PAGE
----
I’m thinking about buying my bridal party luchador masks. But here’s the deal: I am not Mexican. I am a fan of the wrestling style, but not a huge one. I just think they’re delightful. Does this seem like co-opting another culture? I mean, it isn’t like Dia De Los Muertos, where it’s steeped in religion, but… what do you think?
Great question, and I really appreciate that you’re taking the time to consider it! So first, for those not familiar with the concept of cultural appropriation, it’s when which members of a relatively privileged group (for example, middle class white Americans) “raid” a less powerful or marginalized culture and pluck cultural acts or objects out of context.
Appreciating other cultures isn’t always cultural appropriation of course, but it’s something that’s definitely worth being thoughtful about. You’ll find a lot of relevant thoughts on cultural appropriation and weddings over here.
But let’s get to your specific question: is it hurtful for you as a non-Mexican, to give your bridal party Mexican wrestling masks?
I do not profess to have an answer to this question, but here’s my general suggestion for anyone wondering “…is _____ hurtful?”: Google your concern. Try searching for Mexican wrestling cultural appropriation and see what comes up. Read a few opinions and see if you agree with them.
- Is anyone offended?
- Who is offended?
- Do their concerns resonate with you?
- If someone voiced those concerns about actions you took, would you feel remorse?
A quick glance at Google tells me that while many people have concerns about non-Mexicans taking Dia De Los Muertos out of context (understandably, since as you say it’s a Mexican religious holiday that’s being used as an aesthetic style by non-Mexicans), less people are concerned about non-Mexicans being into lucha libre wrestling. Perhaps the difference is that it’s borrowing a cultural practice for its somewhat intended use (entertainment), as opposed to taking a religious custom and using it as a costume or decor.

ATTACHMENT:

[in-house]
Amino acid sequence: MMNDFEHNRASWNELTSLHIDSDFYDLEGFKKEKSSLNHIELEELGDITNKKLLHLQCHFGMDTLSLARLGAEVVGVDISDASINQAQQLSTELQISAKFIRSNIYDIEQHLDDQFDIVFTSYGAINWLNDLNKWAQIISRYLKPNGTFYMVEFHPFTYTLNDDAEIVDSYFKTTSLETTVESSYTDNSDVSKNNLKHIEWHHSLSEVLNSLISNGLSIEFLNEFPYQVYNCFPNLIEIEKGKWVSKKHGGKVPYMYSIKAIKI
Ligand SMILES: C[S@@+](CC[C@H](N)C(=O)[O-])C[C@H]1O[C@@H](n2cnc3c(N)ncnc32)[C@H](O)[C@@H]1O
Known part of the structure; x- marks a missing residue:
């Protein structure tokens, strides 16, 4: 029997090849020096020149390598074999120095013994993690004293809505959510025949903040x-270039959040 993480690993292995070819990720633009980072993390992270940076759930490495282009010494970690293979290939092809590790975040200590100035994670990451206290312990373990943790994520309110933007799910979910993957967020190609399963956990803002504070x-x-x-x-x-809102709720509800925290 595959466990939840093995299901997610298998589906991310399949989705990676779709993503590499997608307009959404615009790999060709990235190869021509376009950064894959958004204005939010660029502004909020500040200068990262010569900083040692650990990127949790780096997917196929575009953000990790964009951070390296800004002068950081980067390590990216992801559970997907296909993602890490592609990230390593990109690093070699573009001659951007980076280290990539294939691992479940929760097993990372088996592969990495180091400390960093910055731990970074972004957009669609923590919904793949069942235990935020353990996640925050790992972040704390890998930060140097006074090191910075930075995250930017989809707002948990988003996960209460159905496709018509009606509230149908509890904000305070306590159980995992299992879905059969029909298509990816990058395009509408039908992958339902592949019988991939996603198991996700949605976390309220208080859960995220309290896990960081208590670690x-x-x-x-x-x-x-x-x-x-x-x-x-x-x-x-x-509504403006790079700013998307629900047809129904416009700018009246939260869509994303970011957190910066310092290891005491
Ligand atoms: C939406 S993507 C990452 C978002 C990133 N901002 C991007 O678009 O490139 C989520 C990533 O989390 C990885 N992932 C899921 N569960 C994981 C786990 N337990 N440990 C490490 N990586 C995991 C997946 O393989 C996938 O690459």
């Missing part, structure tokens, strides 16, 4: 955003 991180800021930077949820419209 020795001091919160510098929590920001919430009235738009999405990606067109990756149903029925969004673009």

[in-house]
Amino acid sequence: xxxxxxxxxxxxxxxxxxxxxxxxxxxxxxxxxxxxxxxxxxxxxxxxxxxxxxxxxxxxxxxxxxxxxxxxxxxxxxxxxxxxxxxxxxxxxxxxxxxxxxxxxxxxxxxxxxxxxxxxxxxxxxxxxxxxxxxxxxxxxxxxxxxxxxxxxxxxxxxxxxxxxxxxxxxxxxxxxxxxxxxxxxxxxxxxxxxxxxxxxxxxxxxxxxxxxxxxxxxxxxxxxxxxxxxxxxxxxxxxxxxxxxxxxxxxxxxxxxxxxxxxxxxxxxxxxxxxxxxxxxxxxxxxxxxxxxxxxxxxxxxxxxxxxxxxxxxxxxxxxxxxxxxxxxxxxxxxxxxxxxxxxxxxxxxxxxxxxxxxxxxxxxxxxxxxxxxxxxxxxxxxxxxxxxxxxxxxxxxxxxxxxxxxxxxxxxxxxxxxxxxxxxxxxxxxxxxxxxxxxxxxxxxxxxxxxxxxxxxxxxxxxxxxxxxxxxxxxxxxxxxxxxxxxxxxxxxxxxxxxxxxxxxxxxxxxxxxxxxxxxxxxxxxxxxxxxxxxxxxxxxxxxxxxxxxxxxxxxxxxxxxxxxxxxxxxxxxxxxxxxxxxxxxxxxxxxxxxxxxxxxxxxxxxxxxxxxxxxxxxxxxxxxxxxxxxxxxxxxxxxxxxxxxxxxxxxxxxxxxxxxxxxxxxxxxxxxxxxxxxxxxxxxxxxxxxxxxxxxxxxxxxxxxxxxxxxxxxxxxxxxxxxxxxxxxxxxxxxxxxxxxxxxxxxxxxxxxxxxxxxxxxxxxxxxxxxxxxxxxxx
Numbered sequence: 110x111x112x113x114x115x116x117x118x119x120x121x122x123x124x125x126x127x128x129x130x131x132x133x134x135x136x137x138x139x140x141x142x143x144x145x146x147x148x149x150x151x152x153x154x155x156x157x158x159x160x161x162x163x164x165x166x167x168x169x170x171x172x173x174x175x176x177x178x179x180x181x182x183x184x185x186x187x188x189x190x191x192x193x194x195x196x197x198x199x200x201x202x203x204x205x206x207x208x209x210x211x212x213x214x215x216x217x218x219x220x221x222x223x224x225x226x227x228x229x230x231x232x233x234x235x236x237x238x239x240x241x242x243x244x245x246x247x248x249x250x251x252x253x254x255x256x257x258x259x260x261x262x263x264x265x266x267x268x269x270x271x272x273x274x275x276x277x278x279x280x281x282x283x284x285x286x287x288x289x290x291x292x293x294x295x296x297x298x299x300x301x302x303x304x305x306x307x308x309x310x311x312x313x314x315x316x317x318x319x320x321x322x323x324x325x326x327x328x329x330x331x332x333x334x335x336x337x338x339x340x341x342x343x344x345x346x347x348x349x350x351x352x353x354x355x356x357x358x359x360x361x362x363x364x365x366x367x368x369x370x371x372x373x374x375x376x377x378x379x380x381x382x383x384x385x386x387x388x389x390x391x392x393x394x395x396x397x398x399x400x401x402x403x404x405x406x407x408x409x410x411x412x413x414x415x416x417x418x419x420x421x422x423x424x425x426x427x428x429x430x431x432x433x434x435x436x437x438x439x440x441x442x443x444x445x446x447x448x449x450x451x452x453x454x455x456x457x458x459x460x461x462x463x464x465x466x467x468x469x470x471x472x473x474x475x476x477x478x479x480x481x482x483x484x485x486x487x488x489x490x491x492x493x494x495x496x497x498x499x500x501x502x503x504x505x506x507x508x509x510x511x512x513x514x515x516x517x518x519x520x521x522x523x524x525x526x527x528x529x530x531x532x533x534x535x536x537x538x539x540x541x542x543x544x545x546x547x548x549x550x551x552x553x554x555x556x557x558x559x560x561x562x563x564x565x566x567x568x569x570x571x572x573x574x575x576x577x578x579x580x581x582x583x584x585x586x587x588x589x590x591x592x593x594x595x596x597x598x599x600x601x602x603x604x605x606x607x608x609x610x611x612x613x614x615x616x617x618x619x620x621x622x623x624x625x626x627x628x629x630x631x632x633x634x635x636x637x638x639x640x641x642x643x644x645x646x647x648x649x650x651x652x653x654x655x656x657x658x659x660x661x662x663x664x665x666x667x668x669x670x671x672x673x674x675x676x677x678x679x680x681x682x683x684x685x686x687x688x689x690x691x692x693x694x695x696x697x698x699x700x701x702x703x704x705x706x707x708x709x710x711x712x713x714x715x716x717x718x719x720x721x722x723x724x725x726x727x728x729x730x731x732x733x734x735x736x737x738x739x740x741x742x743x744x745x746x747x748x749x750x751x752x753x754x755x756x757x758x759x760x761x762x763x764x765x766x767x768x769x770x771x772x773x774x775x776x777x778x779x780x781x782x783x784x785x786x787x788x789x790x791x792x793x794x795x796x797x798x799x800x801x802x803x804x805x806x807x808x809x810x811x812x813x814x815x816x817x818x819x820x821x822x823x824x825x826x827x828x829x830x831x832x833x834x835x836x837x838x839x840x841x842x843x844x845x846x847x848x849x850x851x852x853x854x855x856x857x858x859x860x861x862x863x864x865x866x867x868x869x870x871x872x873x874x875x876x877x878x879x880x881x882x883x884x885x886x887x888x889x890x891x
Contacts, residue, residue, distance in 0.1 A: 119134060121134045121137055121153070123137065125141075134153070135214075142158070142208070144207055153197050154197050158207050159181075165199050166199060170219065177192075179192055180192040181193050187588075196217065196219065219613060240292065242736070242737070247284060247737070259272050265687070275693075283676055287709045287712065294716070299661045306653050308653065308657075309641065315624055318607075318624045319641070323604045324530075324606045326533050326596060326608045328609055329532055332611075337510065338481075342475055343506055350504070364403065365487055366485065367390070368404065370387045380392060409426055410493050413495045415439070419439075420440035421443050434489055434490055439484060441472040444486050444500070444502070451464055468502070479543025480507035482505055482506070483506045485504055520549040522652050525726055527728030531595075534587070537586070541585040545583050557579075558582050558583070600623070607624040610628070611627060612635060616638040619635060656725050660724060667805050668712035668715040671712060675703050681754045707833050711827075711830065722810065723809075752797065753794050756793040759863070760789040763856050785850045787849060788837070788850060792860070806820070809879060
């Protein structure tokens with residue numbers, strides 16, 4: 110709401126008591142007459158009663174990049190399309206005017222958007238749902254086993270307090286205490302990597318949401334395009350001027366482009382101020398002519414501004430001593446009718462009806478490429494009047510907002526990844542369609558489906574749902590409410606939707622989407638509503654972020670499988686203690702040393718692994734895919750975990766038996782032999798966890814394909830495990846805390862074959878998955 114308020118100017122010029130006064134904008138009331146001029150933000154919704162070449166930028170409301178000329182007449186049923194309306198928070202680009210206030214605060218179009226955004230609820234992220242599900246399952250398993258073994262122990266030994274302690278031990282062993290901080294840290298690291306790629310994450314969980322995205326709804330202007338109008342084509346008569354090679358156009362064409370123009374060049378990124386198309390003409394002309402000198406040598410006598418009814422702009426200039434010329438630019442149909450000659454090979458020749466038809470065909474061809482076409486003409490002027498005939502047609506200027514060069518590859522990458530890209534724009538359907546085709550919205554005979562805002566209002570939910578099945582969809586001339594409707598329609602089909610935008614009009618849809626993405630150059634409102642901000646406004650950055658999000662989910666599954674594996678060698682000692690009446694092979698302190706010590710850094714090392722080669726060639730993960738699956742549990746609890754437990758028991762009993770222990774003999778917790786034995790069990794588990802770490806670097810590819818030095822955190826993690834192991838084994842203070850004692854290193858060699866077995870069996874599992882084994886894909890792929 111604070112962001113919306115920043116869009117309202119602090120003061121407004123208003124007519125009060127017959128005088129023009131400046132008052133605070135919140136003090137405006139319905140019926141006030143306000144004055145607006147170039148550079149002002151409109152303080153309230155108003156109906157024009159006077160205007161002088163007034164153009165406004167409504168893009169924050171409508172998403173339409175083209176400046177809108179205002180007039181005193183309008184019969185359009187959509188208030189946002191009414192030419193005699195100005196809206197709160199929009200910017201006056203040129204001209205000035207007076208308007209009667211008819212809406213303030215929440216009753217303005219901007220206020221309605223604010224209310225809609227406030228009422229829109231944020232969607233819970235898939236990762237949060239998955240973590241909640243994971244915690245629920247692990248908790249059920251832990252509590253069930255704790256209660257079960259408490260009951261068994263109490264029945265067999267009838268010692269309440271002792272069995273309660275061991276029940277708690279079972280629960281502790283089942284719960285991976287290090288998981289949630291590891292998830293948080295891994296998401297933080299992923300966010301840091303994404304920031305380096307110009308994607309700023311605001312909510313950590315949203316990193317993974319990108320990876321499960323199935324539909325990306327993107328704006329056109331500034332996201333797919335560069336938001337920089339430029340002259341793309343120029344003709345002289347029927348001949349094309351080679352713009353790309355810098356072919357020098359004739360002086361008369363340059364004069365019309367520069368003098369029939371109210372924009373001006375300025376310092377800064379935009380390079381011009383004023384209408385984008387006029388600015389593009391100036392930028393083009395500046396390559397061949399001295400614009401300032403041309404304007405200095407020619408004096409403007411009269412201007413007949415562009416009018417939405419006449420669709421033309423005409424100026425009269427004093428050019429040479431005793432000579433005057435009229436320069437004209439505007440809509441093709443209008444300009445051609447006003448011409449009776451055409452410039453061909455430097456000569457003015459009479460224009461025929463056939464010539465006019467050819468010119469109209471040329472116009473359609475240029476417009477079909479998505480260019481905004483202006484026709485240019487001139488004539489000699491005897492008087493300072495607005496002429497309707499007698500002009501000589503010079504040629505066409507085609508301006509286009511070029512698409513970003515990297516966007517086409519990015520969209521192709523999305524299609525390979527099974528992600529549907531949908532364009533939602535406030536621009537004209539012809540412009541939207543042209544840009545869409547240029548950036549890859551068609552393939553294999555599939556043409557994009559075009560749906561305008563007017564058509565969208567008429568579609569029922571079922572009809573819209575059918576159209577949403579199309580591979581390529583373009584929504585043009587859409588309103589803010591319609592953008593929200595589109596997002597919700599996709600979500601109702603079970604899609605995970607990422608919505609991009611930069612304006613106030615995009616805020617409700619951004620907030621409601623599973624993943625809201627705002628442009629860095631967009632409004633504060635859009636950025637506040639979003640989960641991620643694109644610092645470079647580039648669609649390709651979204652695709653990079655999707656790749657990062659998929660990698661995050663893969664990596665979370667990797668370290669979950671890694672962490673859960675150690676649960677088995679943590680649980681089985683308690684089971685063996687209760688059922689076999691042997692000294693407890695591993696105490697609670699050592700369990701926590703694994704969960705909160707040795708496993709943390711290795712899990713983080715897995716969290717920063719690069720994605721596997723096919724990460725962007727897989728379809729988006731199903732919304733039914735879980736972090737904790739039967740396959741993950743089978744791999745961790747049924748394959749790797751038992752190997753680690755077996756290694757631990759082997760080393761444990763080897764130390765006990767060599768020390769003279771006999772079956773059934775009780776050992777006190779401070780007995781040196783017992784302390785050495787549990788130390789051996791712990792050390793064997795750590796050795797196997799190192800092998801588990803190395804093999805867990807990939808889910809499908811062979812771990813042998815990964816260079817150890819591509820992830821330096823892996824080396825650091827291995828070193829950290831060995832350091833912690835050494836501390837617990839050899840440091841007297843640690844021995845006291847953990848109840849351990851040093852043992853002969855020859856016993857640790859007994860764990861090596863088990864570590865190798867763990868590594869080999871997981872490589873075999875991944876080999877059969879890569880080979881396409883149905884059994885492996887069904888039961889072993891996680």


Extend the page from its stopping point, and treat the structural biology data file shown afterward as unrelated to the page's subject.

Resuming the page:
I want to be very clear here: asking questions about borrowing cultural traditions isn’t about shaming anyone or saying that borrowing is always wrong. As with many social justice issues, there are no completely right answers. Nothing is completely “off-limits” culturally, and perhaps given the right respectful context, borrowing from other cultures can feel just fine.
The issues are complex, and the goal is just to do your research compassionately
Of course if you go sniffing around the internet to see if someone’s upset about something, you’ll often find a few who are… the key is to gather information objectively, and then see how it sits with you.
Give it some time to sink it.
Then make your decision, knowing that you did it with intent. Really, it’s not that different than many wedding decisions: there’s no right answer, but you need to be thoughtful about your choices, and accountable for your decisions.
Basically, you need to do the research to really understand what you’re borrowing, and then also understand that even with this research, you’re not entitled to be immune from criticism. But at least by doing the research, if someone later confronts you with concerns about your choice, you’ll be ready to have the conversation.